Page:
Jim Steffen is pedaling harder this year. The proprietor of The Bikesmith – an operation that includes a truck that doubles as a mobile bike shop and a retail presence inside a converted auto garage at 509 N. Hollywood St. – is making good on his ambition to do more this year.
Starting May 5, Bikesmith proprietor Jim Steffen plans to start parking his bike truck at Crosstown Concourse so that residents and workers there can get their bikes repaired.
That includes taking his truck to new spots around the city to offer his repair services.
Starting May 5, Steffen plans to park his mobile bike shop at Crosstown Concourse so Crosstown residents and workers can get their bikes repaired.
Steffen also will be letting Crosstown customers order bikes and accessories from his shop in the Broad Avenue Arts District and get those purchases delivered right to them.
“We’re going to start out going down on Friday afternoons once a week and providing service to folks who live and work there, including visitors in the area,” Steffen said. “The initial thought was to provide bike maintenance service, but they can also order helmets or parts or buy bikes from us and get them delivered.
“We’ll be down there for a few hours in the afternoon, to try to catch people before the weekend. We’re going to start on Friday afternoons and then kind of ramp up as demand increases and more businesses and residents move in.”
The Bikesmith plans to host more events at its Broad Avenue-area shop this year, with more pump track parties through the summer and fall, in addition to more race events, music shows and more.
The Bikesmith for a few years now has been at the vanguard of a movement in Memphis around biking, the fruits of which include everything from the launch of bike shops like Steffen’s to the spread of bike lanes, festivals, riding groups and more. To supporters, the expansion of that culture around the city is an indication that more Memphians are coming to realize being a bike friendly community carries abundant benefits.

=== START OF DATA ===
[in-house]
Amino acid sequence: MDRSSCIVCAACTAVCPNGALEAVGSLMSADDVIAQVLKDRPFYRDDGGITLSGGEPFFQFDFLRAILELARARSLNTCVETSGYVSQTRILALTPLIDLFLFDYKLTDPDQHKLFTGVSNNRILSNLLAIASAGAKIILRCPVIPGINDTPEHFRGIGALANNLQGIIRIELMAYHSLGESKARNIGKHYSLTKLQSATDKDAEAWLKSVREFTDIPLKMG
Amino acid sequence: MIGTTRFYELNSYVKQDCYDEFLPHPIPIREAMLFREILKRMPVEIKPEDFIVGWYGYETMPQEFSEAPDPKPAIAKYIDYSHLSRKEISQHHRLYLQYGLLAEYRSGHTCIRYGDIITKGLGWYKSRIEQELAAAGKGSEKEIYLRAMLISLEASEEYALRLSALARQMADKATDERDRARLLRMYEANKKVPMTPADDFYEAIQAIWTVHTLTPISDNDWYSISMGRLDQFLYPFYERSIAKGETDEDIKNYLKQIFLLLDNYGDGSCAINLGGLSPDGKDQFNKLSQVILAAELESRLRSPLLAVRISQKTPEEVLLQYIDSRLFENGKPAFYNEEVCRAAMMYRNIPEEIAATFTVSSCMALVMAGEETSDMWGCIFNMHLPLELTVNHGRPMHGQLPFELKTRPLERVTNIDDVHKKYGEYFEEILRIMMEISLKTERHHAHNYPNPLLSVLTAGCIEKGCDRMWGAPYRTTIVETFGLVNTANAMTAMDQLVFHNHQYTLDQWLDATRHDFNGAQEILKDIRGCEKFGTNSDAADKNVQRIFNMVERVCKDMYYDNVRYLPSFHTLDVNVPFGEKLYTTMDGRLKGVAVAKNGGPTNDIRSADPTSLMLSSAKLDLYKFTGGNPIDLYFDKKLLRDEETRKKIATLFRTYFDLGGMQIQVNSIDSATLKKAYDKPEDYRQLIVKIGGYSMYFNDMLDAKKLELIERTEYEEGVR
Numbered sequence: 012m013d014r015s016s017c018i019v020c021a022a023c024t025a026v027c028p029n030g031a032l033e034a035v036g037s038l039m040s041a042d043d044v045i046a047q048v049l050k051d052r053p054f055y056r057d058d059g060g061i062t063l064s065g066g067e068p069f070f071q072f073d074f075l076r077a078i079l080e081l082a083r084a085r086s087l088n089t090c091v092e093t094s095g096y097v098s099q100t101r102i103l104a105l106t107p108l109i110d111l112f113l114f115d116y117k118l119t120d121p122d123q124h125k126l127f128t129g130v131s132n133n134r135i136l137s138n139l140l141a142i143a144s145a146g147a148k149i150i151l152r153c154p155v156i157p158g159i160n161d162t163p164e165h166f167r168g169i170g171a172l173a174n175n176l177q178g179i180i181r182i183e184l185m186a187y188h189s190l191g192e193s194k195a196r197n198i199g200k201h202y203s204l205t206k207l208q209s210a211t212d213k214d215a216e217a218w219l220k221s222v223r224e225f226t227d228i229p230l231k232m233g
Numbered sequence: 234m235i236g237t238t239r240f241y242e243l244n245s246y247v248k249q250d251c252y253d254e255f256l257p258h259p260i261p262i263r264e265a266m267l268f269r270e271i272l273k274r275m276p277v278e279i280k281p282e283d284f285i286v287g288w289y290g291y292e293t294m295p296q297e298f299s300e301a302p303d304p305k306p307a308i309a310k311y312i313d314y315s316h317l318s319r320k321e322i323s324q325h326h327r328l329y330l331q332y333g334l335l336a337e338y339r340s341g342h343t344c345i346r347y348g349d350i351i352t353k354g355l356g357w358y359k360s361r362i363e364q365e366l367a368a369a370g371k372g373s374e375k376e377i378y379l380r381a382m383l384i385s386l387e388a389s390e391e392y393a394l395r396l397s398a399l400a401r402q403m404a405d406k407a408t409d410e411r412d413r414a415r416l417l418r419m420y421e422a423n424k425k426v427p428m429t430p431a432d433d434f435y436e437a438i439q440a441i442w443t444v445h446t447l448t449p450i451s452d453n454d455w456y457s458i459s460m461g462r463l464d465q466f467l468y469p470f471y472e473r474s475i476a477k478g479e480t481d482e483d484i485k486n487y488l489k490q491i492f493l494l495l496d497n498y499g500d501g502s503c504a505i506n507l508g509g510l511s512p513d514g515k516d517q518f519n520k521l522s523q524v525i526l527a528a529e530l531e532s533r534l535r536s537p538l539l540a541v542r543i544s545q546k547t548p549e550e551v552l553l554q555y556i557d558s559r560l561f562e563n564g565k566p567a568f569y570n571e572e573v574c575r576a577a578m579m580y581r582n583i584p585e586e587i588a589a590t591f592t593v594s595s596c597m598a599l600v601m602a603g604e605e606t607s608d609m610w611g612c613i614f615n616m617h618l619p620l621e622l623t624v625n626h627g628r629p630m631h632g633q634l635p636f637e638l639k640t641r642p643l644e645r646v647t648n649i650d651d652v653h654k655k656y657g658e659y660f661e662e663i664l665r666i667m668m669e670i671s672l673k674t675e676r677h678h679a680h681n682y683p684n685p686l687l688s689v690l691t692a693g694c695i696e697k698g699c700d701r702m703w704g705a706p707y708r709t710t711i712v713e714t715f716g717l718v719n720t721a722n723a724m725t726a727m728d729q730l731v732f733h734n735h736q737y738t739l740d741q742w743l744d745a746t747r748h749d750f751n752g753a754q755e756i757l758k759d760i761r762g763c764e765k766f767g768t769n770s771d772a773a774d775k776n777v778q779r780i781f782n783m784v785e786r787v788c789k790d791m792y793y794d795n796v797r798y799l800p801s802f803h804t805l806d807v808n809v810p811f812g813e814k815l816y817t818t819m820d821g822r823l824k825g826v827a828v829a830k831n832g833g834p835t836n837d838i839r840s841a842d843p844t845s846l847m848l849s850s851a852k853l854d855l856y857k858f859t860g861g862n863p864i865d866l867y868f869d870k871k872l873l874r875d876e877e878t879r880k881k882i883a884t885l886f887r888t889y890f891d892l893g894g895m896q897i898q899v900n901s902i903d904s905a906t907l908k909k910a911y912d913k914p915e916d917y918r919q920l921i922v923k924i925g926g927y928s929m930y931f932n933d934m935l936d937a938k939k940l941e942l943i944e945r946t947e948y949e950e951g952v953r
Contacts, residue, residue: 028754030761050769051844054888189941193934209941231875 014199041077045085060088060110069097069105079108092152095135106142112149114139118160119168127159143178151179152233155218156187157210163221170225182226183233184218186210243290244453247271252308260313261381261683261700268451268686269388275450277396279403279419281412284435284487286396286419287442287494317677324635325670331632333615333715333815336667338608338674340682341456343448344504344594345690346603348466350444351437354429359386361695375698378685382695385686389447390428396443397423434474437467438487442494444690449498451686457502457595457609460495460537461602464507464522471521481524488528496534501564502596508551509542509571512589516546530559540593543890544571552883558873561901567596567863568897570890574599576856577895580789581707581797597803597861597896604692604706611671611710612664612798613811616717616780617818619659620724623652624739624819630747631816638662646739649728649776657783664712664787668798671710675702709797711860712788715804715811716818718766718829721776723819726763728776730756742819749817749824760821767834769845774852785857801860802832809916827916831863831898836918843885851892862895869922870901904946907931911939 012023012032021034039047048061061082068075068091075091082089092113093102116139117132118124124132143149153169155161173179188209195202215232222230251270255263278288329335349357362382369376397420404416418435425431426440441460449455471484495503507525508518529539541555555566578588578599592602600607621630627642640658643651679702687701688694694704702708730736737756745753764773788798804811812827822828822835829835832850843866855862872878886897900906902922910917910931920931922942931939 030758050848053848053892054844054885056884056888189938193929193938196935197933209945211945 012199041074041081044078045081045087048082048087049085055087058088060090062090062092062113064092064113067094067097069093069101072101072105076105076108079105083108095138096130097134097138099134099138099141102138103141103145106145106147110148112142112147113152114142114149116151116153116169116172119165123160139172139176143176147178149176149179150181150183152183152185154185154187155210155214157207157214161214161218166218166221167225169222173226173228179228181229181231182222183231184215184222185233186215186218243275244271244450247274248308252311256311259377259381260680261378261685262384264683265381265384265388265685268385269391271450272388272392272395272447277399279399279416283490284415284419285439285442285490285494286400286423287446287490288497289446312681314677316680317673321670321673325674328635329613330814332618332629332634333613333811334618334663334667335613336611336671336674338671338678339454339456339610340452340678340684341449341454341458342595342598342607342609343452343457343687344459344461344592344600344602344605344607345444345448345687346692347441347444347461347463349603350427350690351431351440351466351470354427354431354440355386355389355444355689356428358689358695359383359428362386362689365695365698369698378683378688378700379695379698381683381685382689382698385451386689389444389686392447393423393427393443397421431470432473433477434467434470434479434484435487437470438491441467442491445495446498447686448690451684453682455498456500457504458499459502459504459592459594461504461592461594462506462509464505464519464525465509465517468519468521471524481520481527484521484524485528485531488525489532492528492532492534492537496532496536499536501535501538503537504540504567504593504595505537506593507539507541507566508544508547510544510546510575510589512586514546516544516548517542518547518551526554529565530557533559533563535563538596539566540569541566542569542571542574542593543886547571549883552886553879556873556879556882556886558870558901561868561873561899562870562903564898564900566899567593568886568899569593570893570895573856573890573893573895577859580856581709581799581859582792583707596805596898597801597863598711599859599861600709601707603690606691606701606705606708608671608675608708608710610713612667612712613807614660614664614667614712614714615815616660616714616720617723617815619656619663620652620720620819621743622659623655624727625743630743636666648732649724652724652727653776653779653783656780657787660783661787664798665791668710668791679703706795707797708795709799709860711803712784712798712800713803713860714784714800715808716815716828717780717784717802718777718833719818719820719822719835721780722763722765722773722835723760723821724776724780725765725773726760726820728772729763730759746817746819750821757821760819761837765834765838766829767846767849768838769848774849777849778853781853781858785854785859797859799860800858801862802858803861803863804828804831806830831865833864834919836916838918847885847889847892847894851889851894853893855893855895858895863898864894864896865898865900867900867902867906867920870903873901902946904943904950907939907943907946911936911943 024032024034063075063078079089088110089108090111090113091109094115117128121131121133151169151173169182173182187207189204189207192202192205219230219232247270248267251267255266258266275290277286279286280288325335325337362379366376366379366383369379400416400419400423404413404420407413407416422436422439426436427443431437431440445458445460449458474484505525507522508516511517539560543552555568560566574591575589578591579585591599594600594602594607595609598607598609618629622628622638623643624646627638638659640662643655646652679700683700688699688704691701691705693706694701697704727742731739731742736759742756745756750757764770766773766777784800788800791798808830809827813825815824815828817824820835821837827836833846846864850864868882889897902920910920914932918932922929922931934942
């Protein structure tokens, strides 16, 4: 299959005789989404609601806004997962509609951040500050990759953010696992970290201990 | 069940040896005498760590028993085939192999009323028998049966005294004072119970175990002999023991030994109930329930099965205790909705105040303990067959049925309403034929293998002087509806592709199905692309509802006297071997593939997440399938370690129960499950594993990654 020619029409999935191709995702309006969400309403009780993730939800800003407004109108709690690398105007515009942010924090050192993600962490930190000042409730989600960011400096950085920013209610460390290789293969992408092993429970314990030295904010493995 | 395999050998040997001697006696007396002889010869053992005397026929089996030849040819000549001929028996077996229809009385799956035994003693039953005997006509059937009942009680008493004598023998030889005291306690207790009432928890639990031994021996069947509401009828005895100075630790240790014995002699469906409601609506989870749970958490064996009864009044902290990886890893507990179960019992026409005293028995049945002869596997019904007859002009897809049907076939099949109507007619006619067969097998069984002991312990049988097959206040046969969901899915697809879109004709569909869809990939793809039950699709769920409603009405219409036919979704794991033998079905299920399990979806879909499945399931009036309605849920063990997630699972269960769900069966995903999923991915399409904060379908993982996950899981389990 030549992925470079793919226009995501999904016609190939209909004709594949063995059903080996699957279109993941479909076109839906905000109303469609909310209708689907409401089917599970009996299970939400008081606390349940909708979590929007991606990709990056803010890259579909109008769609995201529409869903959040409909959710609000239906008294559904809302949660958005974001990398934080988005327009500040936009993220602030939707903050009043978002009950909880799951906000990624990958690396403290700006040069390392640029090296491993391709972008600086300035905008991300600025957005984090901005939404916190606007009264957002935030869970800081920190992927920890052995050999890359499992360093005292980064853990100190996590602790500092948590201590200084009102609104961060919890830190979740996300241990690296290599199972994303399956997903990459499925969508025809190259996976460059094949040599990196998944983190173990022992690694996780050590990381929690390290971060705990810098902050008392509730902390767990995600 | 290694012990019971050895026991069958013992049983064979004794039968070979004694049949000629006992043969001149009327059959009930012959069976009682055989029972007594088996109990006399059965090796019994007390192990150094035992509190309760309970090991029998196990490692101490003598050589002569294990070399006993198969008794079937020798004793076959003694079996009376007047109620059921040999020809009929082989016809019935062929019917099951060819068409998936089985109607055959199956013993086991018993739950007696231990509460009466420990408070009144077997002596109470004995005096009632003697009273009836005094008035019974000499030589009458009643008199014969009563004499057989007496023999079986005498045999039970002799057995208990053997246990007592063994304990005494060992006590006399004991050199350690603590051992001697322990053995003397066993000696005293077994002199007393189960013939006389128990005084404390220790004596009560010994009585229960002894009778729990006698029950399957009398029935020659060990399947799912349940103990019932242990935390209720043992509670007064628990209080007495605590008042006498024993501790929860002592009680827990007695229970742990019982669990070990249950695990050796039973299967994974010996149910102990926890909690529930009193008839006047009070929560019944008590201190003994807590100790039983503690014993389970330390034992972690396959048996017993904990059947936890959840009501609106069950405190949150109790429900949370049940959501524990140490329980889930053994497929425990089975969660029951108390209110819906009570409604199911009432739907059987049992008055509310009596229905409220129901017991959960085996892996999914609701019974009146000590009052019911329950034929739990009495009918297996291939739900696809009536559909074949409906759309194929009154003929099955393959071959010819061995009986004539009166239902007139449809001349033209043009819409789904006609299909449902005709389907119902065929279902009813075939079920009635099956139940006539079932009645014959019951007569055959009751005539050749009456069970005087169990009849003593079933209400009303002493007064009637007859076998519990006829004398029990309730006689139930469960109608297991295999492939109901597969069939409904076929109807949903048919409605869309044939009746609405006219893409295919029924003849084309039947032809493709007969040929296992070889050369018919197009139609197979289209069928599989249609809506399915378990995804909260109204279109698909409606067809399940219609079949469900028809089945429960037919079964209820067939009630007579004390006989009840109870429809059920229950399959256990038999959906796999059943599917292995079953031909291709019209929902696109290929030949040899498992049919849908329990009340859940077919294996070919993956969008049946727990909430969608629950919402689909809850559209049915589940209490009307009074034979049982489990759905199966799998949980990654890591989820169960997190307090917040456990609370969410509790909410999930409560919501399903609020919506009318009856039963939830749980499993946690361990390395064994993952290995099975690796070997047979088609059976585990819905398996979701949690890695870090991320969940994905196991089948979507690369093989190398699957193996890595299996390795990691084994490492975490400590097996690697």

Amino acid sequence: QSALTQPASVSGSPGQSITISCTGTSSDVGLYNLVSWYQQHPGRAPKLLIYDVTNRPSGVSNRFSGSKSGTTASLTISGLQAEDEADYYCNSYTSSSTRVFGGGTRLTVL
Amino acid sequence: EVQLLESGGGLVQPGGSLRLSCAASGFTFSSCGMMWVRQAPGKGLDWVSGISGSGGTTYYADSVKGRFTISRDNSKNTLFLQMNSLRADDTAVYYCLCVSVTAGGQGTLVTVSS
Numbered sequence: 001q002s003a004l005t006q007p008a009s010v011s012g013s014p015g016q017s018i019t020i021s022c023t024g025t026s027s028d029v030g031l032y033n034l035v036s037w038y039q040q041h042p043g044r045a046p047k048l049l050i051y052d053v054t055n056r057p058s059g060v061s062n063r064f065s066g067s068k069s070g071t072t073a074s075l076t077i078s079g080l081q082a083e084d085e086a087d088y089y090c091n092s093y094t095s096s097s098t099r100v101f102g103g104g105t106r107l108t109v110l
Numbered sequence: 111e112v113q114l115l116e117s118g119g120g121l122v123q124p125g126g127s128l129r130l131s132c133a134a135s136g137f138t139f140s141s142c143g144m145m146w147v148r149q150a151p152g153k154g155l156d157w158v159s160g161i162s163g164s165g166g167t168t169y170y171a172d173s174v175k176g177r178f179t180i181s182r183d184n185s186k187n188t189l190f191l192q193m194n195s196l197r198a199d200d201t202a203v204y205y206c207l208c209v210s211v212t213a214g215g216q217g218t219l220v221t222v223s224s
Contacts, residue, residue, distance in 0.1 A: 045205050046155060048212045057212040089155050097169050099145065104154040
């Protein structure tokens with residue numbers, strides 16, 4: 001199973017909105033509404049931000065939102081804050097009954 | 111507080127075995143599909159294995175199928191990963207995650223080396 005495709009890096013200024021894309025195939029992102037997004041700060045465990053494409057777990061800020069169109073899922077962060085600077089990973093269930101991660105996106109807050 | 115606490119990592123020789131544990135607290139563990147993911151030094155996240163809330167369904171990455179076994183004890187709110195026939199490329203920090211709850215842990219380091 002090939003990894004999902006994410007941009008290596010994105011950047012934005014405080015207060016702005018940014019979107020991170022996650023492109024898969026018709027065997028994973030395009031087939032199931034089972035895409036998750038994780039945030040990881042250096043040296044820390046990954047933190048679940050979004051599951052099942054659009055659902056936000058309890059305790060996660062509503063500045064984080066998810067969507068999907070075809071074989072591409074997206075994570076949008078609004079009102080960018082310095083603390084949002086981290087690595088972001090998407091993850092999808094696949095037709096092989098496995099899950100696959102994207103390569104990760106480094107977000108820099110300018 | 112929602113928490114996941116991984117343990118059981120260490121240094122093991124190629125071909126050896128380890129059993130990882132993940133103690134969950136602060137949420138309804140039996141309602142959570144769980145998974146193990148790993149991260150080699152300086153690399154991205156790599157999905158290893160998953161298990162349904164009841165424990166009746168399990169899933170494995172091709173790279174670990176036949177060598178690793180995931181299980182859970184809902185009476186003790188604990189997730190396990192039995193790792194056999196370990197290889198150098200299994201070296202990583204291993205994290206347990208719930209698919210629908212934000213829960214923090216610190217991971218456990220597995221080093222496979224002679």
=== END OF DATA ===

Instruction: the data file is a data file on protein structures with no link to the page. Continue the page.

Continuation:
That’s according to Kerry Hayes, principal of Key Public Strategies and a longtime cycling advocate, who said those benefits include improving health, wellness and safety in addition to bolstering tourism and economic development in neighborhoods around the city.
“Jim Steffen and his team at Bikesmith deserve a tremendous amount of credit for furthering our city’s bicycling culture in a number of ways, and their presence at Crosstown will only make them more successful,” Hayes said. “Making our city more cycling friendly is not only about more bike lanes and trails. It’s about the many retail and service businesses that are required to support cycling by making it easier, safer, and more available for more people.”
As for Steffen’s shop, it spent last year hosting pump-track happy hours, race events, a gathering of the local Undercurrent organization and more. The pump track is a special track outside the shop on which bicyclists don’t have to pedal when they’re zipping around on it.
Steffen plans to shift things into a higher gear this year, with more pump-track parties through the summer and fall, in addition to more race events, music shows and more.
The bikes are the reason he runs the shop in the first place. But along the way, he decided to try and make it something more – a community gathering spot, a way of using the bikes to bring people together.
“We definitely want to do more events, maybe showing a movie too or something like that once a month,” Steffen said. “We’ll have more pump-track happy hours and parties. The truck is open – we go all over town doing pickups and drop-offs and on-site repairs. We want to include Crosstown in that. We really want to create a community at the shop and have a cool place for people to hang out.”